Megan Seiter won the Still life/Botanical Award in the this year with their work Revival. Megan’s work celebrates the colour and texture of natural forms, presented in compositions that are both understated and monumental. In this interview Megan shares her thoughts on the importance of lighting and the best materials to use for achieving results that are sensitive to the subjects that she portrays.
Megan: I was fortunate to be exposed to a breadth and variety of art forms at an early age. My mother was an artist, and our family was surrounded by an eclectic community of calligraphers, stone carvers, letterpress printers, and illustrators. I was invited to participate in art classes and exhibits. I became acquainted with many different forms of art, but I was most excited about drawing. In fact, the course of my education was shaped by my eagerness to learn to draw. In high school I attended a pre-college art program at Rhode Island School of Design where I learned technical art skills. In college, I studied art and Italian language for a semester at Scuola Leonardo da Vinci in Rome, Italy, and I was able to copy Old Masters’ work from life. In 2009 I received my BFA in General Fine Arts from Maryland Institute College of Art, and moved to California to pursue a career as an artist.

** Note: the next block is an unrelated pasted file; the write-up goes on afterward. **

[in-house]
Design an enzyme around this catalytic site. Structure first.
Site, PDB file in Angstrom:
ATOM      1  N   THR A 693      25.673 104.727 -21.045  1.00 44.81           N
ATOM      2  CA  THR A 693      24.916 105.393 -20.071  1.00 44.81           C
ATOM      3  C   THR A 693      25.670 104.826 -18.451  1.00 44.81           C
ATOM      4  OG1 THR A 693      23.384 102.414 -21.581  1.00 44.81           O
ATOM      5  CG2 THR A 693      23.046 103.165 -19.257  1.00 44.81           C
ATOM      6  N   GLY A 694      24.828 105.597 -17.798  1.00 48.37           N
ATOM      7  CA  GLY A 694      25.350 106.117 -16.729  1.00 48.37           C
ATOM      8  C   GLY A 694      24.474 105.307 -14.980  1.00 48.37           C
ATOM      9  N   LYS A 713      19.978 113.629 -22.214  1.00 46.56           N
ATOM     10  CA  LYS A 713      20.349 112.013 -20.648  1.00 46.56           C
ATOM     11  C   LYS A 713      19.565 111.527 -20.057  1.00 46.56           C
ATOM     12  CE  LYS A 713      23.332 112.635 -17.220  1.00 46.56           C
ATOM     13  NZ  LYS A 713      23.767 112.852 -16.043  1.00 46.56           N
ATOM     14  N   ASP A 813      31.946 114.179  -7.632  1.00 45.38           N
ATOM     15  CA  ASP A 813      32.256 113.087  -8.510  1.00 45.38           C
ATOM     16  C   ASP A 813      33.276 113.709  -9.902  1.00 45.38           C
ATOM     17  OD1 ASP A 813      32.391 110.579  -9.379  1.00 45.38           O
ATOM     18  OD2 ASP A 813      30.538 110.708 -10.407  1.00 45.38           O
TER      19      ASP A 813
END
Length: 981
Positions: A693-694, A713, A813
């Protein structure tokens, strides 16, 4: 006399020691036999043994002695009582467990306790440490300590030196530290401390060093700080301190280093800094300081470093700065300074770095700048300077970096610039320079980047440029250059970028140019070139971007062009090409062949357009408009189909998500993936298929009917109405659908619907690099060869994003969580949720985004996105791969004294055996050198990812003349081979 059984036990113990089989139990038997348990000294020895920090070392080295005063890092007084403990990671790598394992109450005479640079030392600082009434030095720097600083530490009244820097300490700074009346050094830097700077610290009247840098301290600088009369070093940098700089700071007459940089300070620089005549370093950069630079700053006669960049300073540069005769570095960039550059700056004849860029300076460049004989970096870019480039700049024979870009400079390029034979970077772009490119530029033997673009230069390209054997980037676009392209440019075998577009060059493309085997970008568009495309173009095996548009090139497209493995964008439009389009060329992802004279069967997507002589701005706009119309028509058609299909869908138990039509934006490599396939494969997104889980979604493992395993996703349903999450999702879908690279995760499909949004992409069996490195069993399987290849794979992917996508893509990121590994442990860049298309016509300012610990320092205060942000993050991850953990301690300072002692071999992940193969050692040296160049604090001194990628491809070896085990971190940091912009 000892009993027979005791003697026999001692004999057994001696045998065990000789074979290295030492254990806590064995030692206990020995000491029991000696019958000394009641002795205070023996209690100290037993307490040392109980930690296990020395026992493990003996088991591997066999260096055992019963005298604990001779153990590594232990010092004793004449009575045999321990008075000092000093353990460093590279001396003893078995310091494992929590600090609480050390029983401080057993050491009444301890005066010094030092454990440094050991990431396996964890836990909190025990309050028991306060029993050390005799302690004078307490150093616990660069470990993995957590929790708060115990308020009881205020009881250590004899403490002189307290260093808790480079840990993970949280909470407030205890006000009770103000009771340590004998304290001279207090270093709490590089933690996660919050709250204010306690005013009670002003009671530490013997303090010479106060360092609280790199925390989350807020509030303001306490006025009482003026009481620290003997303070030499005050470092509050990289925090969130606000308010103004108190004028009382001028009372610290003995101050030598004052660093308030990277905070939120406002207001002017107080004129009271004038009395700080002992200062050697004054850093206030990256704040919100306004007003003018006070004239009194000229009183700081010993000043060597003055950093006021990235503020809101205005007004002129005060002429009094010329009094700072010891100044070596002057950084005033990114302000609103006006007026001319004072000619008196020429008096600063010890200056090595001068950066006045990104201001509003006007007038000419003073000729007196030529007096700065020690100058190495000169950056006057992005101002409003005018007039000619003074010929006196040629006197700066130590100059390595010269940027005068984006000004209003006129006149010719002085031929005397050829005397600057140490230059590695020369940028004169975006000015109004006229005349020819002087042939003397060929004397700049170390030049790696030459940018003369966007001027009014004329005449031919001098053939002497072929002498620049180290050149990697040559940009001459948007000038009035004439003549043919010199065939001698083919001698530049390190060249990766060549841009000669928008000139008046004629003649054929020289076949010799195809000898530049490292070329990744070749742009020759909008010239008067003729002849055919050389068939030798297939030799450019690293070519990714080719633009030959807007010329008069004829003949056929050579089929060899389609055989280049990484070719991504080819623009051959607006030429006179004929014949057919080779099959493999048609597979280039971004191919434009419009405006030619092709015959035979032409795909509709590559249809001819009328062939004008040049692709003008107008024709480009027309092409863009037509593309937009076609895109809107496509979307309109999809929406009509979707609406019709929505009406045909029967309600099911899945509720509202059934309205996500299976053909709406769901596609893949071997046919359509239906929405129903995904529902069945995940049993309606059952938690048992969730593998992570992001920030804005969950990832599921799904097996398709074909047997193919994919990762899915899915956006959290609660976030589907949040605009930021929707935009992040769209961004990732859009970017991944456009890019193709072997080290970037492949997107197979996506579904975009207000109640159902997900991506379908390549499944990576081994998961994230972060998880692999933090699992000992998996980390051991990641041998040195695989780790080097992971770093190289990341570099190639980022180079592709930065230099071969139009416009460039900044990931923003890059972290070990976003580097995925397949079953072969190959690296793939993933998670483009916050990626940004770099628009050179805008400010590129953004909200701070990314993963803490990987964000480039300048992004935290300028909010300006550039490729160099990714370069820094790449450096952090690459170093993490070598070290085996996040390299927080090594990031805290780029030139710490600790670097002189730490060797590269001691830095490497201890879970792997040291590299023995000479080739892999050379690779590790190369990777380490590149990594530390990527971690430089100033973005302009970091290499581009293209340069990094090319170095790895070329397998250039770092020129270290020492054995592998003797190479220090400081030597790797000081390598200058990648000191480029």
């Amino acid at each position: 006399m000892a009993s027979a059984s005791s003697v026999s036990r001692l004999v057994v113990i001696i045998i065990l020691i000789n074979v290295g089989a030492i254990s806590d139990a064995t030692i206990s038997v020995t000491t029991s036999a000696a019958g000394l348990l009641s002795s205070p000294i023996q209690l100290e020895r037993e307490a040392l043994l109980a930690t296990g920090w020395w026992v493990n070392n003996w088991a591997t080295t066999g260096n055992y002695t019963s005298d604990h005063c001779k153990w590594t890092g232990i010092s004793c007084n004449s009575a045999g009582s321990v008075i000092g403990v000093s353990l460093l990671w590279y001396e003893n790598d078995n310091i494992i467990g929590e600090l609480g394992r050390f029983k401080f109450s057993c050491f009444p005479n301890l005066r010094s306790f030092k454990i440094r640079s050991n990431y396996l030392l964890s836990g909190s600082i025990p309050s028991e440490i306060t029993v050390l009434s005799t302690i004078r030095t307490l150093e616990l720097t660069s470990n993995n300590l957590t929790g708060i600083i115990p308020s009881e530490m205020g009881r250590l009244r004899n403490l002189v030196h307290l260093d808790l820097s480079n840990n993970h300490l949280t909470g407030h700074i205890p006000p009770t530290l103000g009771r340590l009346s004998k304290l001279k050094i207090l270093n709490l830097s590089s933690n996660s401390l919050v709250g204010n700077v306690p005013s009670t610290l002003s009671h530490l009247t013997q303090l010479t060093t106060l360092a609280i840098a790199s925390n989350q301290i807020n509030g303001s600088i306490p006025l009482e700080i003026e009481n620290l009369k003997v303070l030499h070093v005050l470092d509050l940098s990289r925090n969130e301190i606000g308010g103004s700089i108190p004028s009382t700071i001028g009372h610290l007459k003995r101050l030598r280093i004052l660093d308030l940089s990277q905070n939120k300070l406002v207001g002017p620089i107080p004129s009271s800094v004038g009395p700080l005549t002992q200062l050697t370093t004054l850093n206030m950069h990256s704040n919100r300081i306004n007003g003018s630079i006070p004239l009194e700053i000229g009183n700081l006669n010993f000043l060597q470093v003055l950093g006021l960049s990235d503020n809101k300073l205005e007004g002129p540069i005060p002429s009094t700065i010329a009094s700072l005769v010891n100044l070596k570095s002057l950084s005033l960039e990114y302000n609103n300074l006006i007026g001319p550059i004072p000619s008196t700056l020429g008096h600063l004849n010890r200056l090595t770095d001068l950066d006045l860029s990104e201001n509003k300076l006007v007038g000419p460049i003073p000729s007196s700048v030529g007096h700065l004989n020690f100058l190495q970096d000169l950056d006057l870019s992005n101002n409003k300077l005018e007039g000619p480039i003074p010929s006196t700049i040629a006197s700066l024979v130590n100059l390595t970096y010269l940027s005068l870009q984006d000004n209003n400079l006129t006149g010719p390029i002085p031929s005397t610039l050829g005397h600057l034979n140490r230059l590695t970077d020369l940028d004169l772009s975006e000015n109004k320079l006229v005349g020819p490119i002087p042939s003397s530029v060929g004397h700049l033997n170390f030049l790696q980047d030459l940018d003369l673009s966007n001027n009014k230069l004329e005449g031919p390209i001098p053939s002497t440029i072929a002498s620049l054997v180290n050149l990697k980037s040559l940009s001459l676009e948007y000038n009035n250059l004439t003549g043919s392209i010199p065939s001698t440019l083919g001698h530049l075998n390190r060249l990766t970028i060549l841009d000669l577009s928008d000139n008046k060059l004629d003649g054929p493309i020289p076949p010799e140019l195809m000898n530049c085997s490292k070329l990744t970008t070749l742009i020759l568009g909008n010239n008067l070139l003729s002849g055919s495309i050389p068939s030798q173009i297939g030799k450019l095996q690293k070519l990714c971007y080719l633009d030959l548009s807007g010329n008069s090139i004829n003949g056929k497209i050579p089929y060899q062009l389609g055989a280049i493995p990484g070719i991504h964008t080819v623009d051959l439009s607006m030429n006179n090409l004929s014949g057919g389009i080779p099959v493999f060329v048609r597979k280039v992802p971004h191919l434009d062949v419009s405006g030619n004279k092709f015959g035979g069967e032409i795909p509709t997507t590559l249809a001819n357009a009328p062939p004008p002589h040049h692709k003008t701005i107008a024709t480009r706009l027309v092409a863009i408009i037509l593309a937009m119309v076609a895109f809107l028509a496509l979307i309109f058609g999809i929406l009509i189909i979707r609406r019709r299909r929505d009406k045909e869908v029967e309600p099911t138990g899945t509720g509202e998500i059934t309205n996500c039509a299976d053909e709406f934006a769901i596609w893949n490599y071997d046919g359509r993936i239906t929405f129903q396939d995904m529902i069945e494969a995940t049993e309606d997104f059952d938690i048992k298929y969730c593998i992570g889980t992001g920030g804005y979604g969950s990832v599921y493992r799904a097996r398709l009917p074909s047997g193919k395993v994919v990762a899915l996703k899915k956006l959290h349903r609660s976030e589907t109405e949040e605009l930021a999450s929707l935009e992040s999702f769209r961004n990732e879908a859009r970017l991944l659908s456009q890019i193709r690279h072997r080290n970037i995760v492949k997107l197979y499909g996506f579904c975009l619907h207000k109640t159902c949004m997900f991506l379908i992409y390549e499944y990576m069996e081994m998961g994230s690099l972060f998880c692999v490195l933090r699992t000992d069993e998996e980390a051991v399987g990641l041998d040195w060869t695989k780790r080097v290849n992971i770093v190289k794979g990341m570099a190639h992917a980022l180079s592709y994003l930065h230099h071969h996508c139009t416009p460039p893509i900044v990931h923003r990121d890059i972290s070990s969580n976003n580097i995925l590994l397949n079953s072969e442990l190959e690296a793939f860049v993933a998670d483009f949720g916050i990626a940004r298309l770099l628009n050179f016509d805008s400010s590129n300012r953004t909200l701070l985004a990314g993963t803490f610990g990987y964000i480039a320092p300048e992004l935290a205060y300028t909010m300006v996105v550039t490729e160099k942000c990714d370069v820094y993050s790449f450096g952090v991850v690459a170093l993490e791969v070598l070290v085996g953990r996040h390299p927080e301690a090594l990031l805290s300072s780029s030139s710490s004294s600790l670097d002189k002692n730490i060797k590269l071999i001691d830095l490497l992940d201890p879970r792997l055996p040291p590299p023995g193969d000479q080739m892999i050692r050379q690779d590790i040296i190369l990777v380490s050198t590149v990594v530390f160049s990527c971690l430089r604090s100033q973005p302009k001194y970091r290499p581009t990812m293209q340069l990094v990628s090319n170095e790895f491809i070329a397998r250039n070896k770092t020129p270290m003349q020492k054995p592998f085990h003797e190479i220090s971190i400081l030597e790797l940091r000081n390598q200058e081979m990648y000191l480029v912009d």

Megan: Building a composition is the first and most critical element in my process. I try to create a captivating image by arranging my subject with natural light. I use reference photos so that I can work steadily and methodically. When I begin the drawing, I lay down the darkest shadow so that I can establish a full range of value from black to white. I learned (the hard way) that if I don’t start with shadows my values tend to stay somewhere in the middle, which makes for a lacklustre drawing. As I develop the drawing I’ll often step back from my drafting table to examine the composition as a whole. This helps me determine if I’ve become overly-focused on a single section of the drawing in a way that will disrupt the overall look of the piece. I also turn my drawing sideways and upside-down as I draw, shifting my perspective to reveal mistakes I’ve made or details I’ve missed.